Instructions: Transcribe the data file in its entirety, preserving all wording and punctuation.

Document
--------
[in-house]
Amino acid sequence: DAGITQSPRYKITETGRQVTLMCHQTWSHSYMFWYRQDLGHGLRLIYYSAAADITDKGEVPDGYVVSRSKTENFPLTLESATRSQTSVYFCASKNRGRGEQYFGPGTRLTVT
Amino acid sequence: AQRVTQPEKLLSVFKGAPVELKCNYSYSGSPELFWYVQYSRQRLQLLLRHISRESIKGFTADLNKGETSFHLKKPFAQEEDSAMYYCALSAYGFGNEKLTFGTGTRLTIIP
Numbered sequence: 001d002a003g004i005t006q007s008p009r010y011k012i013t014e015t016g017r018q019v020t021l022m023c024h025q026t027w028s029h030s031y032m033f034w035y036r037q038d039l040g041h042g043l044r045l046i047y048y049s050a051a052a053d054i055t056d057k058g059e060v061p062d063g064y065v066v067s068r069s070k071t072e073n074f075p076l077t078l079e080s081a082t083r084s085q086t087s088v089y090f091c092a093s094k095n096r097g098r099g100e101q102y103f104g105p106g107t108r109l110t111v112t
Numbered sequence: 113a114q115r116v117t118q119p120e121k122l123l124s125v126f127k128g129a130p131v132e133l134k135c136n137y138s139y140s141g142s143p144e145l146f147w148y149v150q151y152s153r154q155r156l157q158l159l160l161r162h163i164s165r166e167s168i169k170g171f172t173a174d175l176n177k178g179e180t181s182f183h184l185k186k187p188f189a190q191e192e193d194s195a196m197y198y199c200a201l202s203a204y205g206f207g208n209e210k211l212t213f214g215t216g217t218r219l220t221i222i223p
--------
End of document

[in-house]
Amino acid sequence: DAGITQSPRYKITETGRQVTLMCHQTWSHSYMFWYRQDLGHGLRLIYYSAAADITDKGEVPDGYVVSRSKTENFPLTLESATRSQTSVYFCASKNRGRGEQYFGPGTRLTVT
Amino acid sequence: AQRVTQPEKLLSVFKGAPVELKCNYSYSGSPELFWYVQYSRQRLQLLLRHISRESIKGFTADLNKGETSFHLKKPFAQEEDSAMYYCALSAYGFGNEKLTFGTGTRLTIIP
Numbered sequence: 001d002a003g004i005t006q007s008p009r010y011k012i013t014e015t016g017r018q019v020t021l022m023c024h025q026t027w028s029h030s031y032m033f034w035y036r037q038d039l040g041h042g043l044r045l046i047y048y049s050a051a052a053d054i055t056d057k058g059e060v061p062d063g064y065v066v067s068r069s070k071t072e073n074f075p076l077t078l079e080s081a082t083r084s085q086t087s088v089y090f091c092a093s094k095n096r097g098r099g100e101q102y103f104g105p106g107t108r109l110t111v112t
Numbered sequence: 113a114q115r116v117t118q119p120e121k122l123l124s125v126f127k128g129a130p131v132e133l134k135c136n137y138s139y140s141g142s143p144e145l146f147w148y149v150q151y152s153r154q155r156l157q158l159l160l161r162h163i164s165r166e167s168i169k170g171f172t173a174d175l176n177k178g179e180t181s182f183h184l185k186k187p188f189a190q191e192e193d194s195a196m197y198y199c200a201l202s203a204y205g206f207g208n209e210k211l212t213f214g215t216g217t218r219l220t221i222i223p